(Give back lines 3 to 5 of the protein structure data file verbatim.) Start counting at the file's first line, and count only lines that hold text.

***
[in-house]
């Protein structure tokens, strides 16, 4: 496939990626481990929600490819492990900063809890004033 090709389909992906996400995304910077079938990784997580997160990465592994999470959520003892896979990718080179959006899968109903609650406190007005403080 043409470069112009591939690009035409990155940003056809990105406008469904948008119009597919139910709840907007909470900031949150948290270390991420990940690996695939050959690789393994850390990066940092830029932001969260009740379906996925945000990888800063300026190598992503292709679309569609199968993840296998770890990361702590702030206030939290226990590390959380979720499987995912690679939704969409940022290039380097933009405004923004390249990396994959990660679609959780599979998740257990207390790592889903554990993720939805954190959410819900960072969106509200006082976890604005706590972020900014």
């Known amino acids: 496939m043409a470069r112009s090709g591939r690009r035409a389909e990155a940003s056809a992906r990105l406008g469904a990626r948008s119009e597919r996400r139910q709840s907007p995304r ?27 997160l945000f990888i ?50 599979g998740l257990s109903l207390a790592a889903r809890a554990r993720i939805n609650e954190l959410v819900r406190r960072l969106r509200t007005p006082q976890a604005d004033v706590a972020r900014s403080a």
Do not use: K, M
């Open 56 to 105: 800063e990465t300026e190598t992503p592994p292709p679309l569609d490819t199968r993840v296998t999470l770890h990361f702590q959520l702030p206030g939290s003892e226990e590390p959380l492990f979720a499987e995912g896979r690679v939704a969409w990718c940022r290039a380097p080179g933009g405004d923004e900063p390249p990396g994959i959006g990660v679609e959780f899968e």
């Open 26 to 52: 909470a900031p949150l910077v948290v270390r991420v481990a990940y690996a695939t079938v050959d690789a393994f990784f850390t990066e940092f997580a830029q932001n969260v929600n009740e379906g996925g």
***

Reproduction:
């Known amino acids: 496939m043409a470069r112009s090709g591939r690009r035409a389909e990155a940003s056809a992906r990105l406008g469904a990626r948008s119009e597919r996400r139910q709840s907007p995304r ?27 997160l945000f990888i ?50 599979g998740l257990s109903l207390a790592a889903r809890a554990r993720i939805n609650e954190l959410v819900r406190r960072l969106r509200t007005p006082q976890a604005d004033v706590a972020r900014s403080a």
Do not use: K, M
């Open 56 to 105: 800063e990465t300026e190598t992503p592994p292709p679309l569609d490819t199968r993840v296998t999470l770890h990361f702590q959520l702030p206030g939290s003892e226990e590390p959380l492990f979720a499987e995912g896979r690679v939704a969409w990718c940022r290039a380097p080179g933009g405004d923004e900063p390249p990396g994959i959006g990660v679609e959780f899968e």